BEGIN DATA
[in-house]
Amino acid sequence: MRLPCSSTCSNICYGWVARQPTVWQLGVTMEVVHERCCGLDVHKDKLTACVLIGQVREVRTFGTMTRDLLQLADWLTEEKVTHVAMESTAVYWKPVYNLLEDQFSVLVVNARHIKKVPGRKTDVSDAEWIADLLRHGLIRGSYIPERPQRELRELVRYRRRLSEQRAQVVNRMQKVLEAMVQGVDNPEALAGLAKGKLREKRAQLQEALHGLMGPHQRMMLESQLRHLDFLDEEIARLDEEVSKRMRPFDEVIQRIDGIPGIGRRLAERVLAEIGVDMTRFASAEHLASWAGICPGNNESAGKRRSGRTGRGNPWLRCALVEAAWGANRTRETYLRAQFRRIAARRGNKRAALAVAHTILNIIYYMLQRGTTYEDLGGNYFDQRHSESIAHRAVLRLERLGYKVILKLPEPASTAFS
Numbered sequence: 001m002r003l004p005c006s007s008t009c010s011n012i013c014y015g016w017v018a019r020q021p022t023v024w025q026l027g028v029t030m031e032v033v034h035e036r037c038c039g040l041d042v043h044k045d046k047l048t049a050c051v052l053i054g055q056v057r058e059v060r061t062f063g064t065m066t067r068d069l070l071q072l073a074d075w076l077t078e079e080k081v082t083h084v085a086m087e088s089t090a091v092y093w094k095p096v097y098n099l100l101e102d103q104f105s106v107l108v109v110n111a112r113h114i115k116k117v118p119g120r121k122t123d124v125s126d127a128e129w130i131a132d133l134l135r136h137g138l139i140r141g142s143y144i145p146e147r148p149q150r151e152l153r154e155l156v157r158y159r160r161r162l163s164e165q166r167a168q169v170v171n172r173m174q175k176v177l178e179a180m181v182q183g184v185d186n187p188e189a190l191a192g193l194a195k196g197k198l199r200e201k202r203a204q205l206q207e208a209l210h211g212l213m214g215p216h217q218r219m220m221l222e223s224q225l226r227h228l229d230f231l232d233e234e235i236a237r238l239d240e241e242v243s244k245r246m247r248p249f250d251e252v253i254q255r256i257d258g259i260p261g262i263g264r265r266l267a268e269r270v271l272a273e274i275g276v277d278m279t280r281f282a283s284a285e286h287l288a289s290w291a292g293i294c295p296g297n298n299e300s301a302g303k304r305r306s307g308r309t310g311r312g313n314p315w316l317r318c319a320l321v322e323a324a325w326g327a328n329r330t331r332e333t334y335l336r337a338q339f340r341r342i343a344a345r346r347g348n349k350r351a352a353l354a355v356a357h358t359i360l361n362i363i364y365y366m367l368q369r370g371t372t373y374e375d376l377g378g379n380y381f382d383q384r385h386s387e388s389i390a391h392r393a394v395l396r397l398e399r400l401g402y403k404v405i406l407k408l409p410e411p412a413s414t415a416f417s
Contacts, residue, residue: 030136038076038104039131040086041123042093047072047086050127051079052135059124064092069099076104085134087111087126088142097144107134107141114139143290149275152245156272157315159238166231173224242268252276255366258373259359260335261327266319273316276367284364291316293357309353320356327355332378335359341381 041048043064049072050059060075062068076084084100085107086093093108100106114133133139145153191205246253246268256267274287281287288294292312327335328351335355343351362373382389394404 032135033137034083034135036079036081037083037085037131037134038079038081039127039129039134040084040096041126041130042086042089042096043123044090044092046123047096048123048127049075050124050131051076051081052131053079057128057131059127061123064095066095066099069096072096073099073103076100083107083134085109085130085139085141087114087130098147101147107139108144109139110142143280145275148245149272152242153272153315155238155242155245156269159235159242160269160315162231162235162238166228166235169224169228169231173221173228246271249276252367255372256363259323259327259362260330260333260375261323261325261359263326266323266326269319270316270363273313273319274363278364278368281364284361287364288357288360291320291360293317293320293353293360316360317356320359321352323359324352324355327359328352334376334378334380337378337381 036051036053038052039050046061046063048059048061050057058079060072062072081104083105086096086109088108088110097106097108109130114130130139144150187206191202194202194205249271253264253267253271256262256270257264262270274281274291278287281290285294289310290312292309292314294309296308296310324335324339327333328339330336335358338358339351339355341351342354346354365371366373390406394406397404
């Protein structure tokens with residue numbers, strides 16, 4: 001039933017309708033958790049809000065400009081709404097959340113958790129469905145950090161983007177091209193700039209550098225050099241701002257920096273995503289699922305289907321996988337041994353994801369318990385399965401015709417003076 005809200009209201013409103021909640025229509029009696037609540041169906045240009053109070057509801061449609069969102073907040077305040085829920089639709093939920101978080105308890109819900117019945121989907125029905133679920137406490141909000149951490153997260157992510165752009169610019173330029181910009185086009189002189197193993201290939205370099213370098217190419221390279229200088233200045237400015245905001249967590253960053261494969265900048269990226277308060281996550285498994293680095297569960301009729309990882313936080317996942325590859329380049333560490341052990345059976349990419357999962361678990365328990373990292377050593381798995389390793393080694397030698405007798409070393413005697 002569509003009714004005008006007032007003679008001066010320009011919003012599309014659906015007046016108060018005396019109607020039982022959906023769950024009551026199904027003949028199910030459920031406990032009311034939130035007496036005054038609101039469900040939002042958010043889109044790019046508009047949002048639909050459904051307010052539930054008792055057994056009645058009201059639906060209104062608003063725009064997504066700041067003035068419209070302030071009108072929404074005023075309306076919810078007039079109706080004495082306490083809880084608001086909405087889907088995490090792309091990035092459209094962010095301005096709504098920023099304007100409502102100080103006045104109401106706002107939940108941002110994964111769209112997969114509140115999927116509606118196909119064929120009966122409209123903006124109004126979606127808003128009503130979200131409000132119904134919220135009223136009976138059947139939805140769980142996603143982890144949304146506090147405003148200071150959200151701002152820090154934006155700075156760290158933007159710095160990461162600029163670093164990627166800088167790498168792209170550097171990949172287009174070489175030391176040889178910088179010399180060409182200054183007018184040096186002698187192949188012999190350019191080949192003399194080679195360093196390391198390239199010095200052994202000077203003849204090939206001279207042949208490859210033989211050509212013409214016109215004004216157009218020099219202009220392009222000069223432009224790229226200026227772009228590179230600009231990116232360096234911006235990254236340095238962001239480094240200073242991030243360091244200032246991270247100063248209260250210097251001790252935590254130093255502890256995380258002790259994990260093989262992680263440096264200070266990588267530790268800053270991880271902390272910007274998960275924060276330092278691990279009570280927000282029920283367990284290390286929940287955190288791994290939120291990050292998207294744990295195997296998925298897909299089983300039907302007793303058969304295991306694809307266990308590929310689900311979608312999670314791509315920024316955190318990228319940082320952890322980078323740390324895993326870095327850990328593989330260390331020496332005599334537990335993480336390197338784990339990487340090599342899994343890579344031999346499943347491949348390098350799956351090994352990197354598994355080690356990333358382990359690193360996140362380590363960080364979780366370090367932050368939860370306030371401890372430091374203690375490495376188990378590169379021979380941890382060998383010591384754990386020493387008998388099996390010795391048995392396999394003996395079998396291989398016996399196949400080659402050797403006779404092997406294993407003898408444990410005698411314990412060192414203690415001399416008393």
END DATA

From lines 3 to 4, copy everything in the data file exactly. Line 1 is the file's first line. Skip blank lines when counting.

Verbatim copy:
Numbered sequence: 001m002r003l004p005c006s007s008t009c010s011n012i013c014y015g016w017v018a019r020q021p022t023v024w025q026l027g028v029t030m031e032v033v034h035e036r037c038c039g040l041d042v043h044k045d046k047l048t049a050c051v052l053i054g055q056v057r058e059v060r061t062f063g064t065m066t067r068d069l070l071q072l073a074d075w076l077t078e079e080k081v082t083h084v085a086m087e088s089t090a091v092y093w094k095p096v097y098n099l100l101e102d103q104f105s106v107l108v109v110n111a112r113h114i115k116k117v118p119g120r121k122t123d124v125s126d127a128e129w130i131a132d133l134l135r136h137g138l139i140r141g142s143y144i145p146e147r148p149q150r151e152l153r154e155l156v157r158y159r160r161r162l163s164e165q166r167a168q169v170v171n172r173m174q175k176v177l178e179a180m181v182q183g184v185d186n187p188e189a190l191a192g193l194a195k196g197k198l199r200e201k202r203a204q205l206q207e208a209l210h211g212l213m214g215p216h217q218r219m220m221l222e223s224q225l226r227h228l229d230f231l232d233e234e235i236a237r238l239d240e241e242v243s244k245r246m247r248p249f250d251e252v253i254q255r256i257d258g259i260p261g262i263g264r265r266l267a268e269r270v271l272a273e274i275g276v277d278m279t280r281f282a283s284a285e286h287l288a289s290w291a292g293i294c295p296g297n298n299e300s301a302g303k304r305r306s307g308r309t310g311r312g313n314p315w316l317r318c319a320l321v322e323a324a325w326g327a328n329r330t331r332e333t334y335l336r337a338q339f340r341r342i343a344a345r346r347g348n349k350r351a352a353l354a355v356a357h358t359i360l361n362i363i364y365y366m367l368q369r370g371t372t373y374e375d376l377g378g379n380y381f382d383q384r385h386s387e388s389i390a391h392r393a394v395l396r397l398e399r400l401g402y403k404v405i406l407k408l409p410e411p412a413s414t415a416f417s
Contacts, residue, residue: 030136038076038104039131040086041123042093047072047086050127051079052135059124064092069099076104085134087111087126088142097144107134107141114139143290149275152245156272157315159238166231173224242268252276255366258373259359260335261327266319273316276367284364291316293357309353320356327355332378335359341381 041048043064049072050059060075062068076084084100085107086093093108100106114133133139145153191205246253246268256267274287281287288294292312327335328351335355343351362373382389394404 032135033137034083034135036079036081037083037085037131037134038079038081039127039129039134040084040096041126041130042086042089042096043123044090044092046123047096048123048127049075050124050131051076051081052131053079057128057131059127061123064095066095066099069096072096073099073103076100083107083134085109085130085139085141087114087130098147101147107139108144109139110142143280145275148245149272152242153272153315155238155242155245156269159235159242160269160315162231162235162238166228166235169224169228169231173221173228246271249276252367255372256363259323259327259362260330260333260375261323261325261359263326266323266326269319270316270363273313273319274363278364278368281364284361287364288357288360291320291360293317293320293353293360316360317356320359321352323359324352324355327359328352334376334378334380337378337381 036051036053038052039050046061046063048059048061050057058079060072062072081104083105086096086109088108088110097106097108109130114130130139144150187206191202194202194205249271253264253267253271256262256270257264262270274281274291278287281290285294289310290312292309292314294309296308296310324335324339327333328339330336335358338358339351339355341351342354346354365371366373390406394406397404